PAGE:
Hyperparathyroidism - Symptoms

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What are the symptoms of hyperparathyroidism?

A person with hyperparathyroidism may have severe symptoms, subtle ones, or none at all. Increasingly, routine blood tests that screen for a wide range of conditions, including high calcium levels, are alerting doctors to people who have mild forms of the disorder even though they are symptom-free.

When symptoms do appear, they are often mild and nonspecific, such as a feeling of weakness and fatigue, depression, or aches and pains. With more severe disease, a person may have a loss of appetite, nausea, vomiting, constipation, confusion or impaired thinking and memory, and increased thirst and urination. Patients may have thinning of the bones without symptoms, but with risk of fractures. Increased calcium and phosphorus excretion in the urine may cause kidney stones.

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Comment from: Concerned, 65-74 Female (Patient) Published: July 14

I had surgery for hyperparathyroidism about 10 years ago. I have started having the same symptoms as before the surgery. I have been told my calcium levels are near high but still considered normal and that my hormone is near normal. I have lots of muscle pain and bone pain. I get depressed and anxious a lot but try to keep going. I am wondering if I should see an endocrinologist for more blood tests. I also have lots of gastric problems.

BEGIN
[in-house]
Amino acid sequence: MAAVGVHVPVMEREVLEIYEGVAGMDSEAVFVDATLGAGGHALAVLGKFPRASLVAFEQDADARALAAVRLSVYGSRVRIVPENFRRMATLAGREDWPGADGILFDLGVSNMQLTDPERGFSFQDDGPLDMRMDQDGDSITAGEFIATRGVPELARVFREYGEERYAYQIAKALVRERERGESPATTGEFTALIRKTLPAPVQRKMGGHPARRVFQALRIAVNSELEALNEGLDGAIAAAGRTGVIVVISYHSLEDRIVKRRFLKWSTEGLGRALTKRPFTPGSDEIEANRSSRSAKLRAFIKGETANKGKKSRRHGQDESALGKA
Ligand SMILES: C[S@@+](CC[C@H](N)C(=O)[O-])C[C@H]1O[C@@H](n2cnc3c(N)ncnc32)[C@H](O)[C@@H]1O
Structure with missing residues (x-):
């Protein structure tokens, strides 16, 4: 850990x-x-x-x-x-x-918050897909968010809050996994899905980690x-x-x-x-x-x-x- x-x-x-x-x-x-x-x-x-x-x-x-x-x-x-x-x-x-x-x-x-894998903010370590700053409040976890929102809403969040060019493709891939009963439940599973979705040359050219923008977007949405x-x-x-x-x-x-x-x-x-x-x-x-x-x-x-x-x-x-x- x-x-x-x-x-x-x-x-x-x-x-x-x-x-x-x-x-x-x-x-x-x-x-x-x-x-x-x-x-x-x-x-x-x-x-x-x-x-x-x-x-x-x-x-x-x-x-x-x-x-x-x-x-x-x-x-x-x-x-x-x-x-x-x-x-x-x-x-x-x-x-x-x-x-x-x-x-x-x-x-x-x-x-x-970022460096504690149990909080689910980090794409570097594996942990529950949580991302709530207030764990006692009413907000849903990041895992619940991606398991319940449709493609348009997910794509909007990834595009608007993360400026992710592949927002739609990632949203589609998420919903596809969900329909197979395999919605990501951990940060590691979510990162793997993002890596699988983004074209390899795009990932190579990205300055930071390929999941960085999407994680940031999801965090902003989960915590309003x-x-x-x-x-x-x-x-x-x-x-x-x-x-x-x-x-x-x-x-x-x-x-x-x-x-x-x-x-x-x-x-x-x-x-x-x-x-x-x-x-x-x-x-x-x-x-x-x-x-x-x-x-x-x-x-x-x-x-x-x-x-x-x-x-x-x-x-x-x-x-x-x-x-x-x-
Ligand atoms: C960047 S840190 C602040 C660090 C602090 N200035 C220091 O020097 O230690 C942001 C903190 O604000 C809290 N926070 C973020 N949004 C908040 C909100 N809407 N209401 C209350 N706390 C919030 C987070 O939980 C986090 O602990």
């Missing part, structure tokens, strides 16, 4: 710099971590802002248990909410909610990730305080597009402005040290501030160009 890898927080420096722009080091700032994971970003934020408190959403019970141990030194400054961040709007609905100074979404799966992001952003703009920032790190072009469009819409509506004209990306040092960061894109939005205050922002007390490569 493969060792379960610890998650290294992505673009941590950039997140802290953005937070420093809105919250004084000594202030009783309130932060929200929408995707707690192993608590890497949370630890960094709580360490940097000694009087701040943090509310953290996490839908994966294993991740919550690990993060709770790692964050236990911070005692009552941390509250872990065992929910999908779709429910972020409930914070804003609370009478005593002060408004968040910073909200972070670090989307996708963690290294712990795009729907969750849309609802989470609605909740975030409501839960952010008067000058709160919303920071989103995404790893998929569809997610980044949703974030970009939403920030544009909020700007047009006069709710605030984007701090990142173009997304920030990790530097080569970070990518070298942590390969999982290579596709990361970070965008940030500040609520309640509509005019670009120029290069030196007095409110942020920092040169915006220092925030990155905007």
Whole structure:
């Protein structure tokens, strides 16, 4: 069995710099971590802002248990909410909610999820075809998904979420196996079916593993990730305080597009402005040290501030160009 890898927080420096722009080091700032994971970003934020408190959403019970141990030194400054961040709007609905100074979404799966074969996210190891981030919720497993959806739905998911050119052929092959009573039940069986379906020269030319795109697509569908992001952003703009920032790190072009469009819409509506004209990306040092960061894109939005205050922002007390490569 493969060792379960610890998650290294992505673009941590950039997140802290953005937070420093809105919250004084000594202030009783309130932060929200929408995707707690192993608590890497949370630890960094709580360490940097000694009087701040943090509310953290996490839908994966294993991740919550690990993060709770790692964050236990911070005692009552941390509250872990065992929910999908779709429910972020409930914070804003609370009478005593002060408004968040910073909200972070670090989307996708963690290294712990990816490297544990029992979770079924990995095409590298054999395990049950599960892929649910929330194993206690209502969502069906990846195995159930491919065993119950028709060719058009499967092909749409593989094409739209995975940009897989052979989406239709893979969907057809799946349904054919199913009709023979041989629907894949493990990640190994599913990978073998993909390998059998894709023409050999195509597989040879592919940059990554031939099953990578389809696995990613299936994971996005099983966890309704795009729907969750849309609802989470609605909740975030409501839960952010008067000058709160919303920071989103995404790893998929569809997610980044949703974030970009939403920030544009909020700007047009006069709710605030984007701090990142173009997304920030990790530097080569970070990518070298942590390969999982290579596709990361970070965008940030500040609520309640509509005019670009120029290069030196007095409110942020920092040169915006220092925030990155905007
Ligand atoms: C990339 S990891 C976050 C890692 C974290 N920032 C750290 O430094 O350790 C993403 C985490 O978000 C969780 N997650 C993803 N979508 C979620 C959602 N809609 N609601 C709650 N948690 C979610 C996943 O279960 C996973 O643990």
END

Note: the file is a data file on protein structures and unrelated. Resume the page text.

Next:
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Comment from: Mary, 65-74 Female (Patient) Published: September 21

My experience with deep vein thrombosis began with a foot and ankle injury. My ankle, my foot and the bottom half of my leg swelled every day. My toes went purple, my foot went ice cold, numb and had a burning sensation. Cramping in my leg and a constant deep pain was also present. I was on T3s which helped a little, but the side effects like having a problem going to the bathroom was a big issue. A gentle overnight Ex-Lax solved that problem. Later it was discovered, and I'm talking three weeks, that I had a huge clot in the main artery in the groin of my right leg. I am now on warfarin for the next six months to prevent any more clots forming. If you have problems walking long distances with cramping, burning and pain in your legs, I urge you to seek medical help. Chances are you have a clot or decreased circulation to your legs. Clots can break free if untreated, travel to your lungs or heart and kill you. Don't neglect or dismiss the warning signs. Your body is trying to tell you something is not right.

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